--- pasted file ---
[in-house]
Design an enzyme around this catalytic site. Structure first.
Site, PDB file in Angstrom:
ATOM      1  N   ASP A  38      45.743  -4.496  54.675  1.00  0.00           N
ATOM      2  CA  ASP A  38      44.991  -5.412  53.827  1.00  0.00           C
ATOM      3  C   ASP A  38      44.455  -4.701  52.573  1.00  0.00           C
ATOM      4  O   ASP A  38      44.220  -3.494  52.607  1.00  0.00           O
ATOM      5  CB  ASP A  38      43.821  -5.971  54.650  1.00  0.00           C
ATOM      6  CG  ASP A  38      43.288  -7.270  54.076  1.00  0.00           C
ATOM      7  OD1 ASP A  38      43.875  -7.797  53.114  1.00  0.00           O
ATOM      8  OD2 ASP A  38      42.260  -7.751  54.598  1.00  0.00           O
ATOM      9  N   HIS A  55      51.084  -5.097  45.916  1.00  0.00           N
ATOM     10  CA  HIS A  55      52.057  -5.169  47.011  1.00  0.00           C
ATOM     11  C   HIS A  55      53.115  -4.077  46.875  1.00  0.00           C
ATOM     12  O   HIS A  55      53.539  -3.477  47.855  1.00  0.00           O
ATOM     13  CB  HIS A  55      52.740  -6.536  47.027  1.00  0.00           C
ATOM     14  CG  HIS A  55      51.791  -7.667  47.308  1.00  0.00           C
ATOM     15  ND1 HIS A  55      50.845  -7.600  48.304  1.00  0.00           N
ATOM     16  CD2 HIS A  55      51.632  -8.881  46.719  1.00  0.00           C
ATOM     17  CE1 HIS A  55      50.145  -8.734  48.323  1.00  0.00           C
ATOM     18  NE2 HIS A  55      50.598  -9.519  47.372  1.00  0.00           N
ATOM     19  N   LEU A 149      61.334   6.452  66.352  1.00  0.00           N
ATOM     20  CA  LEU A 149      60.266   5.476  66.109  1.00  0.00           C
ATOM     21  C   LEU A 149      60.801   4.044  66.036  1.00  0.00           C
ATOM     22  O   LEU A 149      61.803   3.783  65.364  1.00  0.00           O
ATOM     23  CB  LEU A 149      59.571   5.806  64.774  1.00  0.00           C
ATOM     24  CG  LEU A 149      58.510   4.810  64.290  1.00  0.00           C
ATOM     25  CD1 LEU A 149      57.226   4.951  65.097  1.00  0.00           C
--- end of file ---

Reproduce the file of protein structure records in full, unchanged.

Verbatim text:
[in-house]
Design an enzyme around this catalytic site. Structure first.
Site, PDB file in Angstrom:
ATOM      1  N   ASP A  38      45.743  -4.496  54.675  1.00  0.00           N
ATOM      2  CA  ASP A  38      44.991  -5.412  53.827  1.00  0.00           C
ATOM      3  C   ASP A  38      44.455  -4.701  52.573  1.00  0.00           C
ATOM      4  O   ASP A  38      44.220  -3.494  52.607  1.00  0.00           O
ATOM      5  CB  ASP A  38      43.821  -5.971  54.650  1.00  0.00           C
ATOM      6  CG  ASP A  38      43.288  -7.270  54.076  1.00  0.00           C
ATOM      7  OD1 ASP A  38      43.875  -7.797  53.114  1.00  0.00           O
ATOM      8  OD2 ASP A  38      42.260  -7.751  54.598  1.00  0.00           O
ATOM      9  N   HIS A  55      51.084  -5.097  45.916  1.00  0.00           N
ATOM     10  CA  HIS A  55      52.057  -5.169  47.011  1.00  0.00           C
ATOM     11  C   HIS A  55      53.115  -4.077  46.875  1.00  0.00           C
ATOM     12  O   HIS A  55      53.539  -3.477  47.855  1.00  0.00           O
ATOM     13  CB  HIS A  55      52.740  -6.536  47.027  1.00  0.00           C
ATOM     14  CG  HIS A  55      51.791  -7.667  47.308  1.00  0.00           C
ATOM     15  ND1 HIS A  55      50.845  -7.600  48.304  1.00  0.00           N
ATOM     16  CD2 HIS A  55      51.632  -8.881  46.719  1.00  0.00           C
ATOM     17  CE1 HIS A  55      50.145  -8.734  48.323  1.00  0.00           C
ATOM     18  NE2 HIS A  55      50.598  -9.519  47.372  1.00  0.00           N
ATOM     19  N   LEU A 149      61.334   6.452  66.352  1.00  0.00           N
ATOM     20  CA  LEU A 149      60.266   5.476  66.109  1.00  0.00           C
ATOM     21  C   LEU A 149      60.801   4.044  66.036  1.00  0.00           C
ATOM     22  O   LEU A 149      61.803   3.783  65.364  1.00  0.00           O
ATOM     23  CB  LEU A 149      59.571   5.806  64.774  1.00  0.00           C
ATOM     24  CG  LEU A 149      58.510   4.810  64.290  1.00  0.00           C
ATOM     25  CD1 LEU A 149      57.226   4.951  65.097  1.00  0.00           C